Trust your team
Six, get green: Despite all the controversy surrounding global warming, green-washing, and so on, we can all agree that we do, in fact, operate in an industry that isn’t all that Earth-friendly. So figure out a way to improve >36 your company’s carbon footprint. Don’t worry about what anyone else is doing or telling you to do. Just decide what you can do to end 2010 in a more environmentally friendly place than you started, and then do it.

Seven, cut costs somewhere: Set an overall goal to cut your costs by 1 to 2 percent of sales during this year. Get into the detail of your expenses and figure out a plan to make it happen—don’t just wish that it happens. This will be a hard one, but will be best accomplished by combining this step with the aforementioned budget step. Once you put together a plan, share it with everyone and commit to sticking to it. It might be in material costs, labor, sales and marketing—no one knows better than you.  

Eight, save something this year: Once you’ve implemented your budgeting and cost-cutting measures, you have the opportunity to accomplish another beneficial step on your list—saving some money. Open a separate savings account and begin to put some money away. I realize that times are difficult right now, so this amount may be a very small number. But establishing the precedent is the important part here. Get into the habit now of putting a little bit away, then when times get better, the amount can get larger. If the past year or two has taught us anything, it’s that we need to be much more prepared for tough times. There is no better way than to have cash saved away.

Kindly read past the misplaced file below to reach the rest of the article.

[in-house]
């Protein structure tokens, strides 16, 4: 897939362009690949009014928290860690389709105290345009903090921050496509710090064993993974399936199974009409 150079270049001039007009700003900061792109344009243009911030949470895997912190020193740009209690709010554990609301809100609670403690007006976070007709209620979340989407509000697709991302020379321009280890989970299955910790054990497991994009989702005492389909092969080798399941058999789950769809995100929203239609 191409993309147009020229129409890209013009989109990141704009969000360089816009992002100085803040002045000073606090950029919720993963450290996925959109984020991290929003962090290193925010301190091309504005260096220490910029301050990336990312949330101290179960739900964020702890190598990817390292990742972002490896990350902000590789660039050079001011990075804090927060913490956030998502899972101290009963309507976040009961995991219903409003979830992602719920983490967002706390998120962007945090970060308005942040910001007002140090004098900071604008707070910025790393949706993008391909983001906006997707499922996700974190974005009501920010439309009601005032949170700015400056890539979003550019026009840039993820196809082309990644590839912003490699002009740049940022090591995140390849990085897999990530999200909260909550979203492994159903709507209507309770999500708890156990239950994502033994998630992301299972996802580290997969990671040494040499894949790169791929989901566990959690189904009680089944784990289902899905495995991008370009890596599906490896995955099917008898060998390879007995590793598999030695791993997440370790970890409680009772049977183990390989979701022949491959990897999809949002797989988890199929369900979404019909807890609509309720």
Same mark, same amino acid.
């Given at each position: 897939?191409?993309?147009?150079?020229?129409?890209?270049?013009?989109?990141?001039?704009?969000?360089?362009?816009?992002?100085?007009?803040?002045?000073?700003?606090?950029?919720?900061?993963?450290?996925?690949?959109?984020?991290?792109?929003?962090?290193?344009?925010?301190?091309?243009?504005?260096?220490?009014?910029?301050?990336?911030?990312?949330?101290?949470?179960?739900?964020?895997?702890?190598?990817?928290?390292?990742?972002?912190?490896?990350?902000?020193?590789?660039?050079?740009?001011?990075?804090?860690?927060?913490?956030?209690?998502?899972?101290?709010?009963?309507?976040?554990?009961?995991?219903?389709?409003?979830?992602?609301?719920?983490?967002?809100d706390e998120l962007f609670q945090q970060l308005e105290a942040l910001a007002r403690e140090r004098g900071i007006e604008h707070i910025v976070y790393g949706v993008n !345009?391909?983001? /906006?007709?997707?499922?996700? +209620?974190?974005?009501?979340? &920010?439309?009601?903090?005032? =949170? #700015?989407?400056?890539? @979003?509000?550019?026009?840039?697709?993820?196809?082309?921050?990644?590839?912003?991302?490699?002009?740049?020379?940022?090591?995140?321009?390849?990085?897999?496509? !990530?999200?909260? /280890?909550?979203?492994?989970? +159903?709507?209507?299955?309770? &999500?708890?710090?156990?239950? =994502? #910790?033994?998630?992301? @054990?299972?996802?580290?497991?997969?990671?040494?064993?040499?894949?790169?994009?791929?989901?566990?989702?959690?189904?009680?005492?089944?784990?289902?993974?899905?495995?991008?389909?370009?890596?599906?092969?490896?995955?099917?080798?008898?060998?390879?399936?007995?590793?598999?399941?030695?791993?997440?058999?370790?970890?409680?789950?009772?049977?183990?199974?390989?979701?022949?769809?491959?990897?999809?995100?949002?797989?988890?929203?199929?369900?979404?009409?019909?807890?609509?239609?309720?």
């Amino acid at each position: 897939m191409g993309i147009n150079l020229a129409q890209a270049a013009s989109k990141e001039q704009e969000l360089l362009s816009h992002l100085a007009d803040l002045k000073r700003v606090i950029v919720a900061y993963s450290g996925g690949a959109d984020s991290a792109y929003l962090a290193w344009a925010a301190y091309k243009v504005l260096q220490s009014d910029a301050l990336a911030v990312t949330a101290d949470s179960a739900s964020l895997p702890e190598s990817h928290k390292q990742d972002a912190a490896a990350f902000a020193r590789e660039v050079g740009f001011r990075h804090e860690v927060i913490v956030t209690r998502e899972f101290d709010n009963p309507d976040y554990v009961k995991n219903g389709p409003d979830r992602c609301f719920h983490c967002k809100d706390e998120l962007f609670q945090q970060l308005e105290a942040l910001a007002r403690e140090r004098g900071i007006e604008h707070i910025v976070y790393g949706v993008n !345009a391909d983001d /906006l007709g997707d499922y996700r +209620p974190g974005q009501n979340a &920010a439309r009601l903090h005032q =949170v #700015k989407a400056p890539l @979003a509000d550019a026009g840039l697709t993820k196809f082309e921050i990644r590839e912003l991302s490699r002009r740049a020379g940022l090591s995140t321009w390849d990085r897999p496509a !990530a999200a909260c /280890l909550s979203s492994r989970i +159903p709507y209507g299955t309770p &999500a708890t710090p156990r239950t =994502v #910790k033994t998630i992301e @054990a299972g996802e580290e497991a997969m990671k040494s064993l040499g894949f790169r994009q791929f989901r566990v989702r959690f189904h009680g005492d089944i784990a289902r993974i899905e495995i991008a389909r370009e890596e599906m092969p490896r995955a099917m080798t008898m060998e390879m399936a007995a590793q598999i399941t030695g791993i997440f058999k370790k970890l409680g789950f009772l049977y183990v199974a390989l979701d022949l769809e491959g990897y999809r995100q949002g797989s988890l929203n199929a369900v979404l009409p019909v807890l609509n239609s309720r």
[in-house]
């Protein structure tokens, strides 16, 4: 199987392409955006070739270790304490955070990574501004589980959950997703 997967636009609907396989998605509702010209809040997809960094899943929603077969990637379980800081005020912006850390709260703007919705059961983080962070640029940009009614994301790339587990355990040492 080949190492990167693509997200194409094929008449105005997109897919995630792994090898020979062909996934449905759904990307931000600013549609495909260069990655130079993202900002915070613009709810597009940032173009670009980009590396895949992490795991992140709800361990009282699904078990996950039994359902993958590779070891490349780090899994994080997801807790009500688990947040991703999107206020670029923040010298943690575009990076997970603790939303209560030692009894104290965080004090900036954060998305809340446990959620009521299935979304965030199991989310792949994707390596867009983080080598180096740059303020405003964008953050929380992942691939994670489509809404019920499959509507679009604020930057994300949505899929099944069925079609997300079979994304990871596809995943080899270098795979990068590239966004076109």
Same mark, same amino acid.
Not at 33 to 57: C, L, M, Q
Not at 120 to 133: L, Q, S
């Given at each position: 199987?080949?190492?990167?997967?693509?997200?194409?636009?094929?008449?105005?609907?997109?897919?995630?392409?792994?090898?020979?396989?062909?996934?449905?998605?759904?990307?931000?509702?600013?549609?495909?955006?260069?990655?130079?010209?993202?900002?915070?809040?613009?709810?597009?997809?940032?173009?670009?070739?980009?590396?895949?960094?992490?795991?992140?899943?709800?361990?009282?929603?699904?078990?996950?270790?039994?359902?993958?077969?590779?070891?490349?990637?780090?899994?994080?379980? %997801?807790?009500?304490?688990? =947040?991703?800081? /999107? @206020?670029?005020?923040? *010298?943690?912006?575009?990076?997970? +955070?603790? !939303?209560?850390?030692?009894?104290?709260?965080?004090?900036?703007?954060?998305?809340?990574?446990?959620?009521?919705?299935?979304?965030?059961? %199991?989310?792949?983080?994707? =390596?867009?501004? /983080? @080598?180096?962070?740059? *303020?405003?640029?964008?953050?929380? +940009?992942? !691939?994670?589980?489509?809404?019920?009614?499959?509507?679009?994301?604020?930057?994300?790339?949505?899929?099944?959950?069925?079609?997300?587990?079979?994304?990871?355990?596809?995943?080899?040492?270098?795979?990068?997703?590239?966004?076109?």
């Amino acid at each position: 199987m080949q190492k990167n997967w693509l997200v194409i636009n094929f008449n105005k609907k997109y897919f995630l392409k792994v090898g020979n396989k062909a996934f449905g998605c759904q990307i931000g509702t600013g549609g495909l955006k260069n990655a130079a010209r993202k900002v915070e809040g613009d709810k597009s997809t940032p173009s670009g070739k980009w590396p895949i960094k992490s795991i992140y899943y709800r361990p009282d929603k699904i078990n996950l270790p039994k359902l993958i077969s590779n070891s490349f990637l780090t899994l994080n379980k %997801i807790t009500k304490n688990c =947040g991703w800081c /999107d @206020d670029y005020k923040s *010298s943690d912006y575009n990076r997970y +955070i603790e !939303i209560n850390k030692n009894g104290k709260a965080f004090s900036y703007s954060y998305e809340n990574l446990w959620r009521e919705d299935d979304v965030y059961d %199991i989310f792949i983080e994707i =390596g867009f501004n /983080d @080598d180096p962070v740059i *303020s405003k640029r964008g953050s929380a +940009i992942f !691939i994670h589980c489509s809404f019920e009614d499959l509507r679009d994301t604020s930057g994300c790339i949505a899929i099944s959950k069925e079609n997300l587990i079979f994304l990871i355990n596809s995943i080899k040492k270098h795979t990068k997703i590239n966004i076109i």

Nine, host a sales conference: Let’s face it, sales people need to be loved. Plan at least one, if not two, major sales events that bring all your sales reps and perhaps even your company managers together. Invite a motivational speaker. Have open discussion about production issues that frustrate the sales team and vice versa. An open dialogue between production and sales can be incredibly useful in solving problems that otherwise go unaddressed. Treat everyone, sales reps and managers alike, to a nice dinner somewhere. The point is to create motivation and generate cooperation within your team. Whatever it costs in time lost or money spent will be well worth it. 

Ten, get out of town: Last, but certainly not least, take an extended break away from your business. Make it a week or perhaps even two. And when you get away, get completely away. Life is too short to be married to the business, and frankly, you probably aren’t as indispensible to the business as you think you are. Trust your team—they might make a few mistakes while you are gone, but so what? Trust me, they aren’t going to put you out of business. Go have some fun (you can thank me later). 


Out of the box
While you may not be inclined to adopt my entire list here, do as many as you can, or make up your own unique list of “out of the box” actions you want to take this year. Best wishes for all of us to have a prosperous 2010.

Marty McGhie is VP finance/operations of Ferrari Color, a digital-imaging center with Salt Lake City, San Francisco, and Sacramento locations. The company offers high-quality large- and grand-format photo, inkjet, fabric, and UV printing. [email protected]